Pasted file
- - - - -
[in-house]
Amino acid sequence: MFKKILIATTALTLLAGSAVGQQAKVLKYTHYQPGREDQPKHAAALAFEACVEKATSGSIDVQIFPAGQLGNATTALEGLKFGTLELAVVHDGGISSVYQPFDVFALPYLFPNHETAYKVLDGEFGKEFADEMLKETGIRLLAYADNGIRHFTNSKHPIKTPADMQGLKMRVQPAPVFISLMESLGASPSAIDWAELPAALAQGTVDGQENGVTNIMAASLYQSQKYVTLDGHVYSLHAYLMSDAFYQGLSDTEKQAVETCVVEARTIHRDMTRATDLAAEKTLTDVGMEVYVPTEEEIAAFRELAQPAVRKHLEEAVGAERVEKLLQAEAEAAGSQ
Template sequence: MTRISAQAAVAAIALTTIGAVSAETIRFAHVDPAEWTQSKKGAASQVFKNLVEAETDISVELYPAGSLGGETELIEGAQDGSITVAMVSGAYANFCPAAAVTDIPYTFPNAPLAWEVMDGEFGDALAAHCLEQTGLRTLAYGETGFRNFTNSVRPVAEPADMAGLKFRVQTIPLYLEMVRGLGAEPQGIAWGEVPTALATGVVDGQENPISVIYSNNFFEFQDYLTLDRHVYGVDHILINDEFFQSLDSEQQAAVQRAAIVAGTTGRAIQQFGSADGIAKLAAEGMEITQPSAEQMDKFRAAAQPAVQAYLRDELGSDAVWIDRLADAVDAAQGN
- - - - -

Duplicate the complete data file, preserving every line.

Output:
[in-house]
Amino acid sequence: MFKKILIATTALTLLAGSAVGQQAKVLKYTHYQPGREDQPKHAAALAFEACVEKATSGSIDVQIFPAGQLGNATTALEGLKFGTLELAVVHDGGISSVYQPFDVFALPYLFPNHETAYKVLDGEFGKEFADEMLKETGIRLLAYADNGIRHFTNSKHPIKTPADMQGLKMRVQPAPVFISLMESLGASPSAIDWAELPAALAQGTVDGQENGVTNIMAASLYQSQKYVTLDGHVYSLHAYLMSDAFYQGLSDTEKQAVETCVVEARTIHRDMTRATDLAAEKTLTDVGMEVYVPTEEEIAAFRELAQPAVRKHLEEAVGAERVEKLLQAEAEAAGSQ
Template sequence: MTRISAQAAVAAIALTTIGAVSAETIRFAHVDPAEWTQSKKGAASQVFKNLVEAETDISVELYPAGSLGGETELIEGAQDGSITVAMVSGAYANFCPAAAVTDIPYTFPNAPLAWEVMDGEFGDALAAHCLEQTGLRTLAYGETGFRNFTNSVRPVAEPADMAGLKFRVQTIPLYLEMVRGLGAEPQGIAWGEVPTALATGVVDGQENPISVIYSNNFFEFQDYLTLDRHVYGVDHILINDEFFQSLDSEQQAAVQRAAIVAGTTGRAIQQFGSADGIAKLAAEGMEITQPSAEQMDKFRAAAQPAVQAYLRDELGSDAVWIDRLADAVDAAQGN